The best things you can do for local businesses in light of the coronavirus

Social distancing sign for buyers in a store

Social distancing makes shopping difficult, where shopping in person is still allowed. Photo (CC) by Guido van Nispen

Monica Bailey of Rock Port, Missouri, sent this question to which I think you can refer:

Thank you ladies, as always, for your support to small towns! My question is super generic but it gives me sleepless nights. I am the director of economic / community development in our counties and I scramble to support our small businesses during this crisis. What is the most useful thing I can do for them right now ??

Take care of yourself!

this is a great question. Although there is no right answer, we hear a lot of suggestions. And we invent some of them. I will have a more complete answer to this later, but here are my thoughts now, in order of importance according to my estimates:

1. Get in touch with each company.

  • How are they?
  • What have they changed?
  • Where do they know they need help right now?
  • Who is hiring?

2. Spread the word.

  • Share what companies and services are available now, what is different, what is always the same, what jobs are open.
  • Use all the channels available to you.
  • Ask others to spread the word.

3. Listen to community projects and activities that you can scale up.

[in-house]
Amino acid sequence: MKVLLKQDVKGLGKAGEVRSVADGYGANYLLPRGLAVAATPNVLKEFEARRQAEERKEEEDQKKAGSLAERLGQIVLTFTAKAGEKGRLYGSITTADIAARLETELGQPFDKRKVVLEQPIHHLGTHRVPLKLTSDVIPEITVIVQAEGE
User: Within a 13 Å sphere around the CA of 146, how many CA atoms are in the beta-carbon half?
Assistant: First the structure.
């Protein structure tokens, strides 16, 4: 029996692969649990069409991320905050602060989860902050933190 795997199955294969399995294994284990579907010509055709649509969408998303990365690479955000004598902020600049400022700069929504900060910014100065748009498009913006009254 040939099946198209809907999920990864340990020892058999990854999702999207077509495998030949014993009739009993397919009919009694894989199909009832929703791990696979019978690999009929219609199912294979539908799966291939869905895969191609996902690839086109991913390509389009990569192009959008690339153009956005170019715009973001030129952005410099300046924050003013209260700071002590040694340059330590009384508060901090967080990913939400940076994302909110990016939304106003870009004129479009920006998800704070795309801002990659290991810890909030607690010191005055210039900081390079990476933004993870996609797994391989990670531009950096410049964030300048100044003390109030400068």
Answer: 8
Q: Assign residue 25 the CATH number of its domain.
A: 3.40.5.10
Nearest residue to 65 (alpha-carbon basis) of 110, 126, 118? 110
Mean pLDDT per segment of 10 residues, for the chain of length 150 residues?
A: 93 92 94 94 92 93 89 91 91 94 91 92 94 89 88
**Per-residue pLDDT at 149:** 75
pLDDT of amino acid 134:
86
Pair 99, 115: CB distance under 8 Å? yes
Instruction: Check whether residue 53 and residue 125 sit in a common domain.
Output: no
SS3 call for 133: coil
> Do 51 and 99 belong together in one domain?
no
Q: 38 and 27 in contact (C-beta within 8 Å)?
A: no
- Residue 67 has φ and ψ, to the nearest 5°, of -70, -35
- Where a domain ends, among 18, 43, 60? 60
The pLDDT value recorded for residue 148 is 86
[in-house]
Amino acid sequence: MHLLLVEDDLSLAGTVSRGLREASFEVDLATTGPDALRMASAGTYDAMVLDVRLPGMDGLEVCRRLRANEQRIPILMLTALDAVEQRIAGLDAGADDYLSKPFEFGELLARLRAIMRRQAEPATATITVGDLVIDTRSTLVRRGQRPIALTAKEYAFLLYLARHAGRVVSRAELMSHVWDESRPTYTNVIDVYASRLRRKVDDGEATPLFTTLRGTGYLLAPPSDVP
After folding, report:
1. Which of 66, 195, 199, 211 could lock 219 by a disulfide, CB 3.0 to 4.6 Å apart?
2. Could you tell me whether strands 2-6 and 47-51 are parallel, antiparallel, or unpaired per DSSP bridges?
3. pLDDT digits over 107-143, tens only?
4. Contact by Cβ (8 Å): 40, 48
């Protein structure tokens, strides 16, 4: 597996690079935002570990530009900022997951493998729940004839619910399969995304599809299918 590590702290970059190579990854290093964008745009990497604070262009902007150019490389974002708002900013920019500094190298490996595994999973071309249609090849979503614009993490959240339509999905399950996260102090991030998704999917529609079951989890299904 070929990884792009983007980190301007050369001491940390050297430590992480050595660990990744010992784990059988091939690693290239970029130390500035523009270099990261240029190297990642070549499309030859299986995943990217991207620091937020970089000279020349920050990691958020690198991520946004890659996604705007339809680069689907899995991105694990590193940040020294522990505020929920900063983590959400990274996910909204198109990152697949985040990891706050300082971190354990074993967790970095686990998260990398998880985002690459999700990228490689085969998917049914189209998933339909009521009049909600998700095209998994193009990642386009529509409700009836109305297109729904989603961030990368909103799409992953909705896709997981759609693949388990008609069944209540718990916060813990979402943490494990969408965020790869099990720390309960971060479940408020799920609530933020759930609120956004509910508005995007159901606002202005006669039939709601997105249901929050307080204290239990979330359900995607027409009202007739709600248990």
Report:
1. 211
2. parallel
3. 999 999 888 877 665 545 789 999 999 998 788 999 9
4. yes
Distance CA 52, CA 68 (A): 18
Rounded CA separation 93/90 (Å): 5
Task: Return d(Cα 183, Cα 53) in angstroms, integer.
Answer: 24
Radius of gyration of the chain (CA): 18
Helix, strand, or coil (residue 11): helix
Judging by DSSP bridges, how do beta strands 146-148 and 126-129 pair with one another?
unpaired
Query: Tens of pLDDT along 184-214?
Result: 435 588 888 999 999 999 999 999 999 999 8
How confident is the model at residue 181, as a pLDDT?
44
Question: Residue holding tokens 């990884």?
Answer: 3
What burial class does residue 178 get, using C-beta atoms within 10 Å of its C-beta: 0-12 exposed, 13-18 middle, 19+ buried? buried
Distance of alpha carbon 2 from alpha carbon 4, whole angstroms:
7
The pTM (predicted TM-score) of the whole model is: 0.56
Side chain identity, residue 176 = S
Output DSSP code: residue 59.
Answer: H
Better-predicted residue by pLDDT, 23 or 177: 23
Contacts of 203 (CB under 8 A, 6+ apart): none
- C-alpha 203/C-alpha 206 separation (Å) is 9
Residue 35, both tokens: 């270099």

• Share stories of anyone who does something positive, all that people can do safely.

4. Answer as many surveys and questionnaires as possible from the support program.

  • Also get more companies.
  • The longer it goes on, the more it will come out. Lots of them help determine how much money is allocated where.

5. For closed or small businesses, help them transition.

  • What's the next step for them?
  • What is the next step for the space they occupied?

6. Play a matchmaker.

  • Help downsizing companies combine to share space or share resources securely.

7. Fill in the blanks with cheerful things to watch.

  • Start filling the empty windows of your business with works of art of all kinds.

8. Start preparing for the reconstruction.

  • Look for the small spaces and shared spaces that will help tiny new startups take root.

Bonus: don't do any of this alone.

  • There is a whole community of people who want to help. Give them small but meaningful ways to participate, spread the word and encourage one another.

Monica responded by saying that she was already doing 1, 2 and 4, so I'm sure you're on the right track too.

Hit response or response in the comments.

About Becky McCray

Becky launched Small Biz Survival in 2006 to share stories and ideas about rural business and community development with other small town business people. She and her husband have a small cattle ranch and are lifelong entrepreneurs. Becky is an international speaker on small business and rural topics.

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